He was born in The Hague. One of the founders of international chess governing body, FIDE, Rueb was elected its first president in 1924. He was succeeded by Folke Rogard in 1949. From 1923 through 1928, he was president of the Royal Dutch Chess Federation. His large and well-known chess library was destroyed by bombs in 1945, but he rebuilt it after World War II. The collection was placed in the Amsterdam University Library after his death.
Rueb was also an important figure in the field of endgame studies, simultaneously publishing two standard works: De Schaakstudie (Gouda, 1949–55, 5 vols.) and the five volume companion Bronnen van Schaakstudie. In 1951 FIDE made Rueb an International Judge of Chess Compositions.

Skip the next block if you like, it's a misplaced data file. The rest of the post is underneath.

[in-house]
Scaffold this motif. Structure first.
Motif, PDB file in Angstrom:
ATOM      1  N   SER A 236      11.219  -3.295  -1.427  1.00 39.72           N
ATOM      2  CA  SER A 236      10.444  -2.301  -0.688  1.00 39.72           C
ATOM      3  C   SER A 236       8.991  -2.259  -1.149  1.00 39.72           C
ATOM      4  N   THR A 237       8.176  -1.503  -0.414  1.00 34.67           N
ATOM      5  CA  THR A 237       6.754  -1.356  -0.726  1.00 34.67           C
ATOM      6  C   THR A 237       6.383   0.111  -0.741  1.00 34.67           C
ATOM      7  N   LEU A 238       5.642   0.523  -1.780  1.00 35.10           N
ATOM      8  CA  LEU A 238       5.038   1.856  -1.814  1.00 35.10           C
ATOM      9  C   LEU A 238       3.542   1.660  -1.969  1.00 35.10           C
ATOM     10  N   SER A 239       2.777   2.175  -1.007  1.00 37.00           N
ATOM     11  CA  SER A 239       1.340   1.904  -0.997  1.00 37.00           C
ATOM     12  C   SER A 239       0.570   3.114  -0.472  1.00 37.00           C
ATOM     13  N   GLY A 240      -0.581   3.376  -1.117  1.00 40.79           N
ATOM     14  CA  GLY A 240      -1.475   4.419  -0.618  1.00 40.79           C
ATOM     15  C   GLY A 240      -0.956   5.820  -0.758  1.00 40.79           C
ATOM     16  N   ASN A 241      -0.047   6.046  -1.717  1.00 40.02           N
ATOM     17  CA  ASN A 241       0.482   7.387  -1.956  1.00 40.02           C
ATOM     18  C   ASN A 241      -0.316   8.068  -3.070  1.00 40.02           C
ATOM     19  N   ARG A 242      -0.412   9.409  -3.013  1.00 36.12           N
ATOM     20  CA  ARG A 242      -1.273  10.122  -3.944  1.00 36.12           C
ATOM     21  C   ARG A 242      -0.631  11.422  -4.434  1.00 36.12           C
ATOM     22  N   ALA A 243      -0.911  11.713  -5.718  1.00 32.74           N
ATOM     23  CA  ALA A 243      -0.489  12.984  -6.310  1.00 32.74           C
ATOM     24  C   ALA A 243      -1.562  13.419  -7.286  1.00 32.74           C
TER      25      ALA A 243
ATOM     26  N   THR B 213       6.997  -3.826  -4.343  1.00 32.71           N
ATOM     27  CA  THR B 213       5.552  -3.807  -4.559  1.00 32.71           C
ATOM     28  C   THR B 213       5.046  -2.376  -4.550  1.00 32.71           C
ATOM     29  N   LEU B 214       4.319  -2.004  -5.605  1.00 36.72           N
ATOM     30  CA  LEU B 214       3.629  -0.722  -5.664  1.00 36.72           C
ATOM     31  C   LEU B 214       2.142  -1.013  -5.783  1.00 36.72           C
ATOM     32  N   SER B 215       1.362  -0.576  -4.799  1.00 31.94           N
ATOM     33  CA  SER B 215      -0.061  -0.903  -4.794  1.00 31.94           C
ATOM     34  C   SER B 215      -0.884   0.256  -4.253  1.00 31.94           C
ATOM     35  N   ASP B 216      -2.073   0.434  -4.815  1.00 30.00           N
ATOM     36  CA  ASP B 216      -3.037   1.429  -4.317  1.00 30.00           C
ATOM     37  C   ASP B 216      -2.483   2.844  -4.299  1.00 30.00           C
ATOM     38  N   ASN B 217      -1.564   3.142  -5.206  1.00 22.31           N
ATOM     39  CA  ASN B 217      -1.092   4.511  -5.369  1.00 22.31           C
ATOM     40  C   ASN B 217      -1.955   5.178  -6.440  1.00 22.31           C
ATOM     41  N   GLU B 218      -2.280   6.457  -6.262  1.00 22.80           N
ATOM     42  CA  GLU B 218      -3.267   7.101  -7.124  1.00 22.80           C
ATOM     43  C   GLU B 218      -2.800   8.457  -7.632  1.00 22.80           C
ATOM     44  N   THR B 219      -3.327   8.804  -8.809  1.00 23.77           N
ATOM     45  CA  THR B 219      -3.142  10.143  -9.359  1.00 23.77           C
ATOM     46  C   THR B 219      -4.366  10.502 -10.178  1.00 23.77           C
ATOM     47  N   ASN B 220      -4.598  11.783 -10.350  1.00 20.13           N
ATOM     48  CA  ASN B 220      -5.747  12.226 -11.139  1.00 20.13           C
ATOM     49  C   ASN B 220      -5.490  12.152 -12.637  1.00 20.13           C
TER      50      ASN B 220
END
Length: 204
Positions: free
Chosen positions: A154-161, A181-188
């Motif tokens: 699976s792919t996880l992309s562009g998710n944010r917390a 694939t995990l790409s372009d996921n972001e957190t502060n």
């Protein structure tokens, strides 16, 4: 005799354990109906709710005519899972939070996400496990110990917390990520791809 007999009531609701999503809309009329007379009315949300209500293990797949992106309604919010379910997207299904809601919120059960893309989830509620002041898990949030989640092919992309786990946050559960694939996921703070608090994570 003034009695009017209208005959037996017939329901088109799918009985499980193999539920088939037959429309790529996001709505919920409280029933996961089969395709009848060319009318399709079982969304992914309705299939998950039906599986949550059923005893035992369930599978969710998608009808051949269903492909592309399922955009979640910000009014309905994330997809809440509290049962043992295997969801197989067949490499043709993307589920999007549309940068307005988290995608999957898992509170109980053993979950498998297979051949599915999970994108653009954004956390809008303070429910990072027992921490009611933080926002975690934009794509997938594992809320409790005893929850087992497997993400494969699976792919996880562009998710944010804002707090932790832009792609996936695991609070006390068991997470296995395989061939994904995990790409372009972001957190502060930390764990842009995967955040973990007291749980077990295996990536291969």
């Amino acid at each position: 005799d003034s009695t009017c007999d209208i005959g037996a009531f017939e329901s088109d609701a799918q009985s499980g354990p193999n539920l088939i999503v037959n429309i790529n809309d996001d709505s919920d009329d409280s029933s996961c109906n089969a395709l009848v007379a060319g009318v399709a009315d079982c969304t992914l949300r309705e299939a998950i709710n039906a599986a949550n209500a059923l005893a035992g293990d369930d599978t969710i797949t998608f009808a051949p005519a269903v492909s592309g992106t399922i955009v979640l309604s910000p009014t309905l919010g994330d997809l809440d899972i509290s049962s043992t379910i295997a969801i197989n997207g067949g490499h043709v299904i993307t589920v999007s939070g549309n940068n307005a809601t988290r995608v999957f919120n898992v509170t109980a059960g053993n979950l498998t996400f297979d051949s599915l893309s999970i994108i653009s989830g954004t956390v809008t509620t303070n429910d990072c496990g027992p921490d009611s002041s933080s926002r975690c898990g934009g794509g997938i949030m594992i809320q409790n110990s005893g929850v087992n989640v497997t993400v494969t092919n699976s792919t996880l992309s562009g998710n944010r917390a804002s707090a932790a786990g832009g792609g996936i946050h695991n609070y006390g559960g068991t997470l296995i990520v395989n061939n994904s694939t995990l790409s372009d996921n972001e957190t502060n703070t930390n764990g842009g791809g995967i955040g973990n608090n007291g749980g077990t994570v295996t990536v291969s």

||This article includes a list of references, related reading or external links, but its sources remain unclear because it lacks inline citations. (December 2016) (Learn how and when to remove this template message)|
- Hooper, David; Whyld, Kenneth (1992), The Oxford Companion to Chess (2 ed.), Oxford University Press, p. 348, ISBN 0-19-280049-3
- Keene, Raymond D. (1977), "Rueb, Alexander", in Golombek, Harry, Golombek's Encyclopedia of Chess, Crown Publishing, p. 281, ISBN 0-517-53146-1
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